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Xanthan Gum: A Future Ingredient in Pet Food?

April 15, 2013 | 13,143 views
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By Dr. Becker

If you’re a pet owner who feeds a processed commercial diet to your dog or cat, soon you may be hearing more about an ingredient called xanthan gum. It is currently used only sparingly in pet products – typically in wet foods, sauces, and gravies – but AAFCO has preliminarily approved it for broader use in canned dog and cat foods.

So What Is Xanthan Gum?

Xanthan gum is a polysaccharide produced by fermentation of carbohydrates by the gram-negative bacteria Xanthomonas campestris. It is used as a thickening and suspending agent in processed foods.

The bacteria occurs naturally – it is what causes the black rot on veggies that have been in the fridge too long – and can also be produced synthetically. The value of X. campestris is its ability to produce a gel-like, gummy substance as a protective coating.

Once the bacteria has fermented, it is pasteurized (killed) and filtered. The resulting xanthan gum is then treated with isopropyl alcohol, dried, ground, and diluted to desired consistency. The finished product is a loose, whitish-colored powder. The behavior of xanthan gum makes it ideal for food processing purposes. Nutritionally speaking, it is a carbohydrate with about seven grams of fiber per tablespoon.

Why Might It Be Used in Pet Foods … and Is It Safe?

The primary benefit of xanthan gum is its ability to thicken and stabilize solid ingredients suspended in fluid, so depending on the cost, manufacturers of canned pet food could certainly find a use for it. Currently, it is most often combined with guar gum and/or locust bean gum (don’t those sound yummy?) to aid in viscosity and gel control.

Xanthan gum is generally considered safe for dogs and is assumed to be safe for cats. Studies indicate it can cause diarrhea at megadose levels, but this shouldn’t be a concern for most pets since AAFCO’s approval for use is based on a not-to-exceed level of .25 percent (that’s .0025 of 1 percent) in canned dog and cat foods. But keep in mind, a substance that causes diarrhea at high doses can potentially cause diarrhea at low doses in sensitive individuals.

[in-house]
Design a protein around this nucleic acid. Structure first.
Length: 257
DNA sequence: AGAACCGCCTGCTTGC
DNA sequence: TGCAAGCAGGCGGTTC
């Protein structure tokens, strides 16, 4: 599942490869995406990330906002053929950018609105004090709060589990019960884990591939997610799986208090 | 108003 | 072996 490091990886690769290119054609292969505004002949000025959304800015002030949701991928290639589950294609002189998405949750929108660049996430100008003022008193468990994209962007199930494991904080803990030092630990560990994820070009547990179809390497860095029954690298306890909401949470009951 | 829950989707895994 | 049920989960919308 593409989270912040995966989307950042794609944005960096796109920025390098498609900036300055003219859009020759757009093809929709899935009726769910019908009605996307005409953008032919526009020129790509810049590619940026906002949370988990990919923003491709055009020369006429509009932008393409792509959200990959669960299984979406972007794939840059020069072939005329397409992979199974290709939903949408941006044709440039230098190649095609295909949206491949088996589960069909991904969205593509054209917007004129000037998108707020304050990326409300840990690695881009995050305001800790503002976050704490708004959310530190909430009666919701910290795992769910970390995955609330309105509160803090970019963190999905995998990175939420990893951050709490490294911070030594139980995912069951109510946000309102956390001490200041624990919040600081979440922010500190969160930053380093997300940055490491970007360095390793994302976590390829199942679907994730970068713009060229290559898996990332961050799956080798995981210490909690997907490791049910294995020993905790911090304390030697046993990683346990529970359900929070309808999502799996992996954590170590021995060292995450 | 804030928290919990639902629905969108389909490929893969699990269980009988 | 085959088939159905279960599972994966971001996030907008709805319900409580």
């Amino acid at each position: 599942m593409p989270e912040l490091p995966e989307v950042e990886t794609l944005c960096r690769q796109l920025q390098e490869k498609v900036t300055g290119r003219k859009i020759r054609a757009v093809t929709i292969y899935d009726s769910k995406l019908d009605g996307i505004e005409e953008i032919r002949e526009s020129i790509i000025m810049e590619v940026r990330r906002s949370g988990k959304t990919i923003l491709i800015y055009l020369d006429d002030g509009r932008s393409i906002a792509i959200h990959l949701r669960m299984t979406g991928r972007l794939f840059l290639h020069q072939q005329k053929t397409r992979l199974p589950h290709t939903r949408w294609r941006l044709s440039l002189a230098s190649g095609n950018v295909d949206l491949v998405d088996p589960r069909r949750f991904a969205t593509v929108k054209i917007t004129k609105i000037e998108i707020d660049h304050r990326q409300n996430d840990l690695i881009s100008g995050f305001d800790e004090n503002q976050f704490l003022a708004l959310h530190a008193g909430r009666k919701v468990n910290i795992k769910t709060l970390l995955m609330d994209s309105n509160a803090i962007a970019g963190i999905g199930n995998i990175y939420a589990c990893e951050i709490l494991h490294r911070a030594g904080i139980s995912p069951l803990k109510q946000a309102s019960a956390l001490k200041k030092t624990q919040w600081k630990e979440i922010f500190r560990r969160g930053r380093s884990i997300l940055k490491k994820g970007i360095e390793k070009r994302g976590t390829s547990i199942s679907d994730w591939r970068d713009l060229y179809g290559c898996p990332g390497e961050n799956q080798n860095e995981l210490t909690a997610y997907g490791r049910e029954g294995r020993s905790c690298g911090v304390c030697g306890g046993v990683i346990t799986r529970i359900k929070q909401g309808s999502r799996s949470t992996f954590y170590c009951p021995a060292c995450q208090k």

Studies show that xanthan gum has a very low glycemic value compared to other polysaccharides, probably because it is indigestible and not absorbed in either the stomach or small intestine.

My Recommendation Regarding Xanthan Gum in Pet Food

Obviously I’m not a fan of highly processed pet foods, so an ingredient that aids pet food manufacturers in their extreme processing methods doesn’t excite me.

Xanthan gum is made using carbohydrates from corn, wheat, dairy, or soy. Regular visitors here at Mercola Healthy Pets know I always advise against feeding these foods to dogs and cats. The holistic veterinary community considers all four to be allergens, and each can wreak its own special brand of havoc on your pet’s digestive system and overall health, not to mention the concern about GMO’s in soy.

It’s possible pet food companies that add xanthan gum to their products might try to advertise its high fiber content, low glycemic value, or the fact that it’s “gluten-free.” Remember not to fall for marketing spin! When all is said and done, xanthan gum is just another non-nutritive, carb-based additive in processed pet food.

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